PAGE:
Make the values visible and memorable
Where do your organisational values live? Are they buried somewhere deep within your intranet or do they lurk inside a dull organisational strategy document that no one ever reads?
In a perfect world, if your values were intimately a part of your culture and everyone knew what they meant and behaved in ways that demonstrated them all of the time, then maybe this wouldn’t be a problem. However we don’t live in that sort of perfect world. The reality is that people come and go in organisations and not everyone behaves in line with the values all of the time. So some reminders and cues are required to keep everyone on track.
Rule of three – How many values should your organisation have? I’ve seen some who have anything up to twelve and I think that’s far too many. From a communications perspective I think that three values is the right number. Most people can easily remember three things and it’s also a well established writing principle that a trio of characters or concepts in storytelling creates a more compelling narrative.
Visuals – I’ve been into several organisations where their values are literally written on the walls, in one case in six foot high lettering. Whilst this is definitely a bold, in your face approach, things on workplace walls tend to end up becoming unseen wallpaper unless they are regularly refreshed. More subtle examples I’ve come across include having them as reminders on meeting agendas, on screensavers and embedded into induction and development programme videos.
Mind your language – I often say that words are weapons in the wrong hands. It’s easy to drop into using a form of language that is counter cultural and could torpedo your values. I once worked in an organisation where linguists analysed the language we used in our written communications to reveal our underlying organisational culture. The conclusions they came back with were spot on and for me the experience of working with them was a powerful reminder to mind your language when communicating about anything. I’ll be bearing this in mind when communicating about our values.
Sharing experiences – The daily experience of colleagues working with the organisational values and the sharing of those experiences with other colleagues is probably the most compelling way of communicating the true meaning of them. I heard someone from an online retailer speak at an internal communications conference last year about exactly this.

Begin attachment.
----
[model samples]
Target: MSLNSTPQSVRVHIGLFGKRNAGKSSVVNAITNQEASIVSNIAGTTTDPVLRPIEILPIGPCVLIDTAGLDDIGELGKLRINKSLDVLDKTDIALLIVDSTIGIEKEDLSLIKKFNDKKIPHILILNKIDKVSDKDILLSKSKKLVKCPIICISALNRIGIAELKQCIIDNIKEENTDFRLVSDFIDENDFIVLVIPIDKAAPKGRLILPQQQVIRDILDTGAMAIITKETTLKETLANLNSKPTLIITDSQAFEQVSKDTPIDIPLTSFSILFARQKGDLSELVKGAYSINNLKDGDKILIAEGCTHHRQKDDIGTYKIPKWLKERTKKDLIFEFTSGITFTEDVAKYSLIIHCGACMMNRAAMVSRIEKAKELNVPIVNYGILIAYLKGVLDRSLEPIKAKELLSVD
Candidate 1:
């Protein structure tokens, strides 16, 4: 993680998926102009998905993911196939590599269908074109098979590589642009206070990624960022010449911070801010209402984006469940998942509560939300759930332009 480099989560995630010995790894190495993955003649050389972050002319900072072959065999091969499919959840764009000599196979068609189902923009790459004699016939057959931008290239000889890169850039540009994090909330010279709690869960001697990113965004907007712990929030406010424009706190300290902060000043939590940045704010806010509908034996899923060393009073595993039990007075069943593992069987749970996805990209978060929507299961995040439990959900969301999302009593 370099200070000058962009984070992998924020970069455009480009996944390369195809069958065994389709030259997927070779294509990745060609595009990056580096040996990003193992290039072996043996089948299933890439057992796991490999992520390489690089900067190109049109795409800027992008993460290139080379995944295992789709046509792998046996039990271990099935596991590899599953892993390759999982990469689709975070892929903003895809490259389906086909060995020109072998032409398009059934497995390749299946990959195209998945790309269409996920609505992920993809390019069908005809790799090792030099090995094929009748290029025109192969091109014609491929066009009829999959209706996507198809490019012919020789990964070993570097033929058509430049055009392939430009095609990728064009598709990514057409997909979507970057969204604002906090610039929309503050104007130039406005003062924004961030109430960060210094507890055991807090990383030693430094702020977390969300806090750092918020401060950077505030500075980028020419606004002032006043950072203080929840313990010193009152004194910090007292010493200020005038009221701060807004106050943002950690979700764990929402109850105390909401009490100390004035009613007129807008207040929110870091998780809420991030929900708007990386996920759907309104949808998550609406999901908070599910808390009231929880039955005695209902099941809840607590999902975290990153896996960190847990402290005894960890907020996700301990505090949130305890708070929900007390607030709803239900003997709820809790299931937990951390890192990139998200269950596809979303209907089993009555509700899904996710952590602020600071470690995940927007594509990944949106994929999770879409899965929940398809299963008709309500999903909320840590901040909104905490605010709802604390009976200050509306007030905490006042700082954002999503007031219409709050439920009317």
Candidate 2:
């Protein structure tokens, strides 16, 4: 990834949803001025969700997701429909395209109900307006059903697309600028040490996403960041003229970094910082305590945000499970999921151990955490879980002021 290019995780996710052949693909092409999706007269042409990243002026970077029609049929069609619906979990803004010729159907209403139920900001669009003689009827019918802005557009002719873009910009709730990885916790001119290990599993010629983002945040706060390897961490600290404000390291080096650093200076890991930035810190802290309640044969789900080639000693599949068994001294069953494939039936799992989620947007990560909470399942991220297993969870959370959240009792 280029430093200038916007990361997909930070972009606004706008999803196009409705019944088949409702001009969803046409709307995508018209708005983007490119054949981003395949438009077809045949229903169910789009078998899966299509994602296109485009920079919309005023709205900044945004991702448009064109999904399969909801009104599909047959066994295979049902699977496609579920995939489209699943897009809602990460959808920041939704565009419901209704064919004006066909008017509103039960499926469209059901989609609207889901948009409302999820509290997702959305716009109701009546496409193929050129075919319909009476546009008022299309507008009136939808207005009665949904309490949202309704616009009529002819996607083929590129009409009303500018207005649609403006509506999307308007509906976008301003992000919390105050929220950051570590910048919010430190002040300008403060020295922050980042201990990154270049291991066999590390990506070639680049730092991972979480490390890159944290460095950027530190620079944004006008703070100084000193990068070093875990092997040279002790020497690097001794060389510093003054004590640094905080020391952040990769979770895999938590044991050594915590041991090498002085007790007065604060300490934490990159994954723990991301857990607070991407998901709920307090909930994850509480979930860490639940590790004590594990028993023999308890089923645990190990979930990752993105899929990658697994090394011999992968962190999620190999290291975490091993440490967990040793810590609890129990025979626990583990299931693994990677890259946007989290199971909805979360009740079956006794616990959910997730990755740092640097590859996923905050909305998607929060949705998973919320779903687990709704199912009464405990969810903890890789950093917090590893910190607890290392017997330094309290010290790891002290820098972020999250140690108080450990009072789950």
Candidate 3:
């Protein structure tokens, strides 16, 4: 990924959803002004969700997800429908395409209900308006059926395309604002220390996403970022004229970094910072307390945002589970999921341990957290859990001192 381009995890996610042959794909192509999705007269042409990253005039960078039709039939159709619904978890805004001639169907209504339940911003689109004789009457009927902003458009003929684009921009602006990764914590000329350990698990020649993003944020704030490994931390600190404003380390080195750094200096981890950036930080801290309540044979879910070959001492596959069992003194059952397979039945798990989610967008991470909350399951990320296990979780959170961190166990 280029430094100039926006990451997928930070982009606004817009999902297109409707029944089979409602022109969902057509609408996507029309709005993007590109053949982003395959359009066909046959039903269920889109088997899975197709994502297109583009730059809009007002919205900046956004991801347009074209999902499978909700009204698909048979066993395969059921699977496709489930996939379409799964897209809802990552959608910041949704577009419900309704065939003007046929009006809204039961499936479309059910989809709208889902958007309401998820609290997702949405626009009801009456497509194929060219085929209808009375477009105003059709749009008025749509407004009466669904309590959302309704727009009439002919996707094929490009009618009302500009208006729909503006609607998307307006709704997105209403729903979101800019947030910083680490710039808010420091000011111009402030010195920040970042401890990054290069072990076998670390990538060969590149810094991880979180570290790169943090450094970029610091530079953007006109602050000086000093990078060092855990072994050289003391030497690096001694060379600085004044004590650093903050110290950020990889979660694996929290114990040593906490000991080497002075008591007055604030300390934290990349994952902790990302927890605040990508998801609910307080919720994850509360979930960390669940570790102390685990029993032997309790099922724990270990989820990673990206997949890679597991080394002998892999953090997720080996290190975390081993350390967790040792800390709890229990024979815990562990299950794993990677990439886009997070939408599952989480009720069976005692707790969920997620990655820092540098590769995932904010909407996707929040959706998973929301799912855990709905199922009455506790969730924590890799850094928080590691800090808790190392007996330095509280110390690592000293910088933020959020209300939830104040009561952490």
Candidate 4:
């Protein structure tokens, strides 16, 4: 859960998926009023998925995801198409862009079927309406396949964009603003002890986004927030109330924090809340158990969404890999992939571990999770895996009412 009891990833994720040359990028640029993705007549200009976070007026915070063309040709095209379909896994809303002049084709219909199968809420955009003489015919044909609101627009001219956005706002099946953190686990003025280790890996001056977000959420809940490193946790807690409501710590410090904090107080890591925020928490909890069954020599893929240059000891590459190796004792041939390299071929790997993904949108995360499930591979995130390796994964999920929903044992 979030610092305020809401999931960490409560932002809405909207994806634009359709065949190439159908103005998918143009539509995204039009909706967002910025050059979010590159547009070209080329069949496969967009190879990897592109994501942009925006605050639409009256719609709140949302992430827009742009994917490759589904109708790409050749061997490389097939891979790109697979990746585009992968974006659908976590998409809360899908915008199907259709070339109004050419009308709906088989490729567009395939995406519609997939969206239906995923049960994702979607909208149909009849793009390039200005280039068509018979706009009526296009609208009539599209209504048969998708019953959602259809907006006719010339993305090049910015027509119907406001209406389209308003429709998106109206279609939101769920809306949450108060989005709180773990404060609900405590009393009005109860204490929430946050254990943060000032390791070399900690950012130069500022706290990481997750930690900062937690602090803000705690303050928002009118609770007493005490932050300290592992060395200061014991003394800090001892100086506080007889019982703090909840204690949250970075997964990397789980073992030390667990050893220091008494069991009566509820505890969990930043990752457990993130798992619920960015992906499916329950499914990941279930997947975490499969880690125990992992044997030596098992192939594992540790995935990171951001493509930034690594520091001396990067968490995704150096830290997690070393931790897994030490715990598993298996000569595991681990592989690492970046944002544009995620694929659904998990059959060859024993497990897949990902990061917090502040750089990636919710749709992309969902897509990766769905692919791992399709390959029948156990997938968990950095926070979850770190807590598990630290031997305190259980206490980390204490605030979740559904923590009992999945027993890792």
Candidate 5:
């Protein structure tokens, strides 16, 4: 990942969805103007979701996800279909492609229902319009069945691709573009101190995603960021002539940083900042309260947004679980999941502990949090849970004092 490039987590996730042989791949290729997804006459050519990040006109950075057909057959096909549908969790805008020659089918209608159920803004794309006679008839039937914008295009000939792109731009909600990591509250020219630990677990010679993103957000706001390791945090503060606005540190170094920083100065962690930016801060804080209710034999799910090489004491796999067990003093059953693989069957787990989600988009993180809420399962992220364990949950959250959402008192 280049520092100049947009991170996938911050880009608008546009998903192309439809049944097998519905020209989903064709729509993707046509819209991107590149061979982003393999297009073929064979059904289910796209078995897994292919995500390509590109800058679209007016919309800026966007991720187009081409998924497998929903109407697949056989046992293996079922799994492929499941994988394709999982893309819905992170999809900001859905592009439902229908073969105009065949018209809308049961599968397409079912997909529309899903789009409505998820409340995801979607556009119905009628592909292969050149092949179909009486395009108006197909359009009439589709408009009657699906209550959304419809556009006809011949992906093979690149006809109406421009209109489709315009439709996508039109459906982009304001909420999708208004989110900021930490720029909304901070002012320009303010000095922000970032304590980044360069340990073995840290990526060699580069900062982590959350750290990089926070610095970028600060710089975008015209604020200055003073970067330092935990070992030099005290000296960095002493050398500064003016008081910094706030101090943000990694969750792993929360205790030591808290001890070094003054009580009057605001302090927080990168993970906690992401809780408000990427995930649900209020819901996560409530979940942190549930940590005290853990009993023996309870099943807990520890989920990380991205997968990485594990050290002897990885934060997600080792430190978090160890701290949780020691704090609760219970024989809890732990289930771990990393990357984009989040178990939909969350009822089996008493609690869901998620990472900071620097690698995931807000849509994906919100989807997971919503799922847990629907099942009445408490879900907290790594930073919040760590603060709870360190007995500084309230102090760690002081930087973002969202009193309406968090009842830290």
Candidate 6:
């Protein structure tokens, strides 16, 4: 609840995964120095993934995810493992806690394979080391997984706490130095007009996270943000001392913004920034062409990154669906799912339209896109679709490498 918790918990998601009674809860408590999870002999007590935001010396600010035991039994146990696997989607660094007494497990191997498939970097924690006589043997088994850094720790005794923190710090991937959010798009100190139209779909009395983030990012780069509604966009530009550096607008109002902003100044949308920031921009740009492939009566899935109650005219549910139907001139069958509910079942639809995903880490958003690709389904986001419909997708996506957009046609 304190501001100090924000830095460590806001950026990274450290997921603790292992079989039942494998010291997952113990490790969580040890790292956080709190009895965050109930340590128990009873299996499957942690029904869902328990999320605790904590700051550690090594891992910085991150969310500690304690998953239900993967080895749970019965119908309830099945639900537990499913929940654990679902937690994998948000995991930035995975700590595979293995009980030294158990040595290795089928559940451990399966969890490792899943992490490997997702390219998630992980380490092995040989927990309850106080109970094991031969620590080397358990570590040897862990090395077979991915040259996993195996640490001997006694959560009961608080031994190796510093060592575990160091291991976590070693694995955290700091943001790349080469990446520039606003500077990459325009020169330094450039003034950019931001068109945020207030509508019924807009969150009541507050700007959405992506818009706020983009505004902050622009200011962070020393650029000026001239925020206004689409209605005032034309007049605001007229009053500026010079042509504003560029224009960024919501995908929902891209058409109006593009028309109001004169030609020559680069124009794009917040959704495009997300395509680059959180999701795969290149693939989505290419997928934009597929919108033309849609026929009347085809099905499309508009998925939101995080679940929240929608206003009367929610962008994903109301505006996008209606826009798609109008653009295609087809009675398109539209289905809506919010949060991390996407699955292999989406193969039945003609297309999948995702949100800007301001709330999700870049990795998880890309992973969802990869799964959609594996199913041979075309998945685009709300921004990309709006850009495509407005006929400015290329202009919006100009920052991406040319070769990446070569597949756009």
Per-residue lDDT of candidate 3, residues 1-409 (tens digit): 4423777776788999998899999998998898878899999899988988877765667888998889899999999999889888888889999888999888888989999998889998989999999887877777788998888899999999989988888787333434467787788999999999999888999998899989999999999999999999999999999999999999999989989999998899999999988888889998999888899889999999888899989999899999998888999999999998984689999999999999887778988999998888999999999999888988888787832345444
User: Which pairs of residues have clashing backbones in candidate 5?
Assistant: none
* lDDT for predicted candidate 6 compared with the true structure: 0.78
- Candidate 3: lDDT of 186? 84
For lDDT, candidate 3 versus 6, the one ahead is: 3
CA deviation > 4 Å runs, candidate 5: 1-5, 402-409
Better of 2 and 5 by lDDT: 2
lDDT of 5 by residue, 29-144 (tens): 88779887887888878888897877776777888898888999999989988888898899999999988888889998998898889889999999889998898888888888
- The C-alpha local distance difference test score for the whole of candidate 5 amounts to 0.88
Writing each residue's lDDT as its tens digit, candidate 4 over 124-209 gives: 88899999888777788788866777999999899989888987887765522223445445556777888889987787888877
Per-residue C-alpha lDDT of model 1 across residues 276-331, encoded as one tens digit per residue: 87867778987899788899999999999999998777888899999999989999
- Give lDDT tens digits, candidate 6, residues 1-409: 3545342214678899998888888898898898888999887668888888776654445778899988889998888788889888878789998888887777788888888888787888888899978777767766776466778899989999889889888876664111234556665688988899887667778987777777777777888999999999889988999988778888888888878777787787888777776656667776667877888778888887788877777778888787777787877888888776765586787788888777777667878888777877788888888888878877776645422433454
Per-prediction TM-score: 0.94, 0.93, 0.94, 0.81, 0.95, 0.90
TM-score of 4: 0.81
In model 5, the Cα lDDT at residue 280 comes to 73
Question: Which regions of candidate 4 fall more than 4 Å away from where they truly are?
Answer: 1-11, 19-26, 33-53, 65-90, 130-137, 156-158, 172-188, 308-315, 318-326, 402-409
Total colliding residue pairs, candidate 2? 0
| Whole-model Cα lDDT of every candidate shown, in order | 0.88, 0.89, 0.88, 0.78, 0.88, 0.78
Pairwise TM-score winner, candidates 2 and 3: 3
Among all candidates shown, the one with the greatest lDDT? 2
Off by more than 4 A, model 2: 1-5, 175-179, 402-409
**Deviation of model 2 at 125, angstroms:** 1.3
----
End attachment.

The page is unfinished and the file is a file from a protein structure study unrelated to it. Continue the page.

One of the retailer’s values is ‘caring’ and there was a powerful example of this when a customer rang their call centre to buy a new microwave. As he was disabled, housebound and lived alone the device was his lifeline enabling him to heat up his meals on wheels and his existing one had suddenly broken down. A minor inconvenience for most of us, but an absolute disaster for him. He had no credit card and wasn’t able to complete the transaction, so the team working in the call centre spontaneously had a whip round to buy the microwave and get it delivered to him the same day.
The account of the emotional telephone conversation between the customer and employee had been widely shared in the organisation as a true example of caring. I have to say that there wasn’t a dry eye in the conference when this story was recounted. Experience is all.
Values as vibes
Finally, as I’m currently tuned into anything about values, I spotted a blog from Rachel Miller at AllthingsIC this week about how Missguided communicate their organisational values as ‘vibes’. The interview with Glenn Grayson, Missguided’s Internal Communications and Engagement Partner is a great read.
What particularly impressed me was the academic research and insight which has shaped Glenn’s communication approach at Missguided. I was very drawn to the concept of communicating values as vibes and considered immediately ripping up my own communication plans and emulating this. However, as I mentioned earlier in this blog, what works for one organisational culture won’t necessarily translate well into another, so a degree of caution is required. In Glenn’s own words during our twitter chat:
‘Be true to your brand DNA. What works for one organisation can’t simply be copied in another.’
I’d be interested to hear how other internal communicators are helping colleagues understand what their organisational values mean to them, so please do get in touch.
If you are interested in learning more about some of the concepts and ideas I’ve mentioned in this blog, here are some links:
Simon Sinek ‘Start with Why’ (YouTube video)
Rule of three (Wikipedia article)
Why Missguided launched cultural vibes as values (AllthingsIC guest blog)